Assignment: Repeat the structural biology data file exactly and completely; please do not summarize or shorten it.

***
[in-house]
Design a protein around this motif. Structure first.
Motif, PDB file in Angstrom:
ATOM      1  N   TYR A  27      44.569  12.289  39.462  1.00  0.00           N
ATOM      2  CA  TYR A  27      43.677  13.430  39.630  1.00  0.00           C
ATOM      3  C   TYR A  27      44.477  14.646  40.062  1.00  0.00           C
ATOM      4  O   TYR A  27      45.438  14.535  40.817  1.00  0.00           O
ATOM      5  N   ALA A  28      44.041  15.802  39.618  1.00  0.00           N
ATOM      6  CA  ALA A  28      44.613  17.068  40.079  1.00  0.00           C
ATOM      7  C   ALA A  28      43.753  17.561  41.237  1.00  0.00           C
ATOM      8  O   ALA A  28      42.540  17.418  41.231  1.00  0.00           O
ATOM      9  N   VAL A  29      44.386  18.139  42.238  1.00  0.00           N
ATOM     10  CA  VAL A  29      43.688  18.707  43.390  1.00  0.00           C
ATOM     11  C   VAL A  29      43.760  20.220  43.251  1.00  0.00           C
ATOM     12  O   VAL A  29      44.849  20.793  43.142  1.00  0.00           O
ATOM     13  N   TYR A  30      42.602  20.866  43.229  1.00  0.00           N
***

[in-house]
Design a protein around this motif. Structure first.
Motif, PDB file in Angstrom:
ATOM      1  N   TYR A  27      44.569  12.289  39.462  1.00  0.00           N
ATOM      2  CA  TYR A  27      43.677  13.430  39.630  1.00  0.00           C
ATOM      3  C   TYR A  27      44.477  14.646  40.062  1.00  0.00           C
ATOM      4  O   TYR A  27      45.438  14.535  40.817  1.00  0.00           O
ATOM      5  N   ALA A  28      44.041  15.802  39.618  1.00  0.00           N
ATOM      6  CA  ALA A  28      44.613  17.068  40.079  1.00  0.00           C
ATOM      7  C   ALA A  28      43.753  17.561  41.237  1.00  0.00           C
ATOM      8  O   ALA A  28      42.540  17.418  41.231  1.00  0.00           O
ATOM      9  N   VAL A  29      44.386  18.139  42.238  1.00  0.00           N
ATOM     10  CA  VAL A  29      43.688  18.707  43.390  1.00  0.00           C
ATOM     11  C   VAL A  29      43.760  20.220  43.251  1.00  0.00           C
ATOM     12  O   VAL A  29      44.849  20.793  43.142  1.00  0.00           O
ATOM     13  N   TYR A  30      42.602  20.866  43.229  1.00  0.00           N